Fat fasting is a dieting technique used by people who want to achieve quick fat loss.
It works by raising your blood levels of molecules called ketones and pushing your body into ketosis, mimicking the biological effects of fasting.
People who use fat fasting claim it’s useful for breaking weight loss plateaus, getting back into ketosis after a cheat day, and losing a few pounds quickly, without hunger or cravings.
Still, you may wonder whether this technique is healthy.
This article explores what fat fasting is and whether it’s good for your health.
A fat fast is a high-fat, low-calorie diet that typically lasts 2–5 days.
During this time it’s recommended to eat 1,000–1,200 calories per day, 80–90% of which should come from fat.
Though not technically a fast, this approach mimics the biological effects of abstaining from food by putting your body into the biological state of ketosis (1Trusted Source).
In ketosis, your body uses fat, rather than carbs, as its main energy source. During this process, your liver breaks down fatty acids into molecules called ketones, which can be used to fuel your body (2Trusted Source).
Ketosis occurs during times when glucose, your body’s main source of energy, isn’t available, such as during periods of starvation or when your carb intake is very low (1Trusted Source, 3Trusted Source).
The time it takes to achieve ketosis can vary considerably, but if you’re following a ketogenic diet you can typically expect to reach this state between days 2 and 6 (4Trusted Source).
Fat fasting is designed to get you into ketosis quickly or to boost ketone levels if you have already achieved ketosis by restricting both your calorie and carb intake.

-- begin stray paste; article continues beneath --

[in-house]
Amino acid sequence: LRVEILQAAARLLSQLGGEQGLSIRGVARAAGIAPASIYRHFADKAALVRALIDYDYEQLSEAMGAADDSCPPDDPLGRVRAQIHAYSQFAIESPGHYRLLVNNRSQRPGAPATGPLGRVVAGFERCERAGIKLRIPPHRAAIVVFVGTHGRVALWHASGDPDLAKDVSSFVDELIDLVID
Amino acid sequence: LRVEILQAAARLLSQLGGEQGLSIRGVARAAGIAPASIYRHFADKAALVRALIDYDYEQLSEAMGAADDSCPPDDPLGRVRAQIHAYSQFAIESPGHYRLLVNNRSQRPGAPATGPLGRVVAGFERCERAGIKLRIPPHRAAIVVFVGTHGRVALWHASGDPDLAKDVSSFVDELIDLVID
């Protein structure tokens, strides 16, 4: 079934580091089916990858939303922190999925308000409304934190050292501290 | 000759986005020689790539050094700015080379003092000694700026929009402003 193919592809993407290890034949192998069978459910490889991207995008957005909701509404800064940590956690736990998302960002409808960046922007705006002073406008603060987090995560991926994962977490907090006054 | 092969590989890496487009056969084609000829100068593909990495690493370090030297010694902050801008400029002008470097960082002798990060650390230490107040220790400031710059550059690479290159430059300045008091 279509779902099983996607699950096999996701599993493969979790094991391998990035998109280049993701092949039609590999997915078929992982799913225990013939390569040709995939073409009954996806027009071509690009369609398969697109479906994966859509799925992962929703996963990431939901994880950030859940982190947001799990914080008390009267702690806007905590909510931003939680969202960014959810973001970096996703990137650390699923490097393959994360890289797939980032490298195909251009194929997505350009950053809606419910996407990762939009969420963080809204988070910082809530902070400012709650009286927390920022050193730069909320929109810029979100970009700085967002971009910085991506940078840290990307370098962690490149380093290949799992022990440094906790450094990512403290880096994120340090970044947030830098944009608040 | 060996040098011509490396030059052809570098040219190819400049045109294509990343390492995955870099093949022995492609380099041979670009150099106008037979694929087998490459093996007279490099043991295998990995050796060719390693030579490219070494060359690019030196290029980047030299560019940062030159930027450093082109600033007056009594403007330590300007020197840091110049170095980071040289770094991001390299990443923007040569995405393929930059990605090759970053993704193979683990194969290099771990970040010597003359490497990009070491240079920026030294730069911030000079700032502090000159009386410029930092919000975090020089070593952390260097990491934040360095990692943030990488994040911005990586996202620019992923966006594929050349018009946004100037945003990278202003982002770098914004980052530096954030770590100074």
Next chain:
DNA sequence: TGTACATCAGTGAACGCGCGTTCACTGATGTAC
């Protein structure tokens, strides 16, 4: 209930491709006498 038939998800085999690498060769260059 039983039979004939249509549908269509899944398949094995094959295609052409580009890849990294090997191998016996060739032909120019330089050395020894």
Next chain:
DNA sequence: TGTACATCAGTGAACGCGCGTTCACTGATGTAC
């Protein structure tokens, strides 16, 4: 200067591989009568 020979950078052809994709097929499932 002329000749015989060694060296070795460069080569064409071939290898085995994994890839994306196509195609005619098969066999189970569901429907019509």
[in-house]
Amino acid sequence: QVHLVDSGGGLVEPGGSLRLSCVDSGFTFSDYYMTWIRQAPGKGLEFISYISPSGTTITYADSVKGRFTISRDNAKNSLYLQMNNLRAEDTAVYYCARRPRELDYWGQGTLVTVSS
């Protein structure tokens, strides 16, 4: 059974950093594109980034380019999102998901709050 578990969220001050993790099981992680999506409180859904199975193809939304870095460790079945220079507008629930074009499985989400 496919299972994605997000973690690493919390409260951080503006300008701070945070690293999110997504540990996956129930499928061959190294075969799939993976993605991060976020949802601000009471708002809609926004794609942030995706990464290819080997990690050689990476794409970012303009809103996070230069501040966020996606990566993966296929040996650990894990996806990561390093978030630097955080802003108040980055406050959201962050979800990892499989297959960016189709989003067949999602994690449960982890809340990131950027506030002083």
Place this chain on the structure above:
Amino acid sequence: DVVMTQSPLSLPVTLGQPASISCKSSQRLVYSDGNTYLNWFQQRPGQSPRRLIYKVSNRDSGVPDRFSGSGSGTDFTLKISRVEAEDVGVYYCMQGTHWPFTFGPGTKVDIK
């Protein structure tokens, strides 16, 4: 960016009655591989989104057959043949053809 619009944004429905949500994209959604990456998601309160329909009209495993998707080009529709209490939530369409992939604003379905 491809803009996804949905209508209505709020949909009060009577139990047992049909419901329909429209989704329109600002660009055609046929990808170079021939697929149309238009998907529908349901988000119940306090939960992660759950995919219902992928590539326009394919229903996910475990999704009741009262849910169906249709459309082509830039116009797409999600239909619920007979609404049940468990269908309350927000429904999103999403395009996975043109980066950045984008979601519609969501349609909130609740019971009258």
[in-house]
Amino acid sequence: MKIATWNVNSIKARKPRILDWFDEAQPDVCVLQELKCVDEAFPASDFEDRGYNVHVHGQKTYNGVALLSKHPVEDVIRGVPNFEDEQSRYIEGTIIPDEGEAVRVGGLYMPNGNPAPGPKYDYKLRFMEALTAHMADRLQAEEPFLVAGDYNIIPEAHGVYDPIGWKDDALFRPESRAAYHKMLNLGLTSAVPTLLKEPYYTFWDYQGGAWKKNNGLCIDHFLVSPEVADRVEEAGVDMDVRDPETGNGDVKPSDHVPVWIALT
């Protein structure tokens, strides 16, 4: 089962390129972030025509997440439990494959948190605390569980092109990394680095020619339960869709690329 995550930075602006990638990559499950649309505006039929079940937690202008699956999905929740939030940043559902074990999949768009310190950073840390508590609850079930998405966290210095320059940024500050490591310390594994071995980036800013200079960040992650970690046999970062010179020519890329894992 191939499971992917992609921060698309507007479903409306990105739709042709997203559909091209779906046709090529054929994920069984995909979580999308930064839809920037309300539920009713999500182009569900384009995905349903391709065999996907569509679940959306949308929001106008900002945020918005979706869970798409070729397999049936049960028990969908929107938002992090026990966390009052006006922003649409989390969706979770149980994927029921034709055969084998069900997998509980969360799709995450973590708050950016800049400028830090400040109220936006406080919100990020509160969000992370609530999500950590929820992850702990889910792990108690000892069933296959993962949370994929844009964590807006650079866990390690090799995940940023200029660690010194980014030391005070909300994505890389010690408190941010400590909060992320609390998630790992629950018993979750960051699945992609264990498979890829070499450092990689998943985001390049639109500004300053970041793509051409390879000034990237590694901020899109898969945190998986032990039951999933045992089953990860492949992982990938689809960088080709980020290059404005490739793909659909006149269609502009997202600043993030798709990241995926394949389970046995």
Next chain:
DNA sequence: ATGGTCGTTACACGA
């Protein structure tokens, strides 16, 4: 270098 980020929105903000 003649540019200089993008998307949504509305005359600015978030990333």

It’s usually used by people on a ketogenic diet who want to break through an ongoing weight loss plateau or by those wanting to get back into ketosis after a cheat day, on which the rules of a low-carb diet are relaxed and you eat foods that are high in carbs.
Others implement a fat fast to lose a few pounds quickly.
A fat fast is very low in calories and high in fat. It’s designed to create a calorie deficit, which is needed for weight loss, while quickly depleting your body’s carb stores so you move into ketosis and burn more fat.
Thus, if you adhere to this protocol strictly for 2–5 days, you may enter ketosis and begin burning fat as your primary source of fuel, particularly if you’re already on a very-low-carb diet.
If you’re already following a low-carb or ketogenic diet, you may also find that a fat fast boosts your ketone levels, as your body burns more fat to meet your body’s energy needs.
In theory, the combination of a calorie deficit and lack of dietary carbs during a fat fast could lead you to burn more fat (1Trusted Source, 5Trusted Source).
Nonetheless, a fat fast only lasts a few days, so large shifts on the scale can’t be explained by fat loss alone.
The loss of your body’s carb stores also leads to a loss of water, which is stored alongside glycogen, the stored form of glucose. This gives the illusion of fat loss (6Trusted Source, 7Trusted Source, 8Trusted Source, 9Trusted Source).
In fact, if you’re not already keto adapted or you’re doing a fat fast after a cheat day, a lot of the weight lost during a fat fast is likely water weight.
This weight will return as soon as you begin eating carbs again and replace your body’s glycogen stores.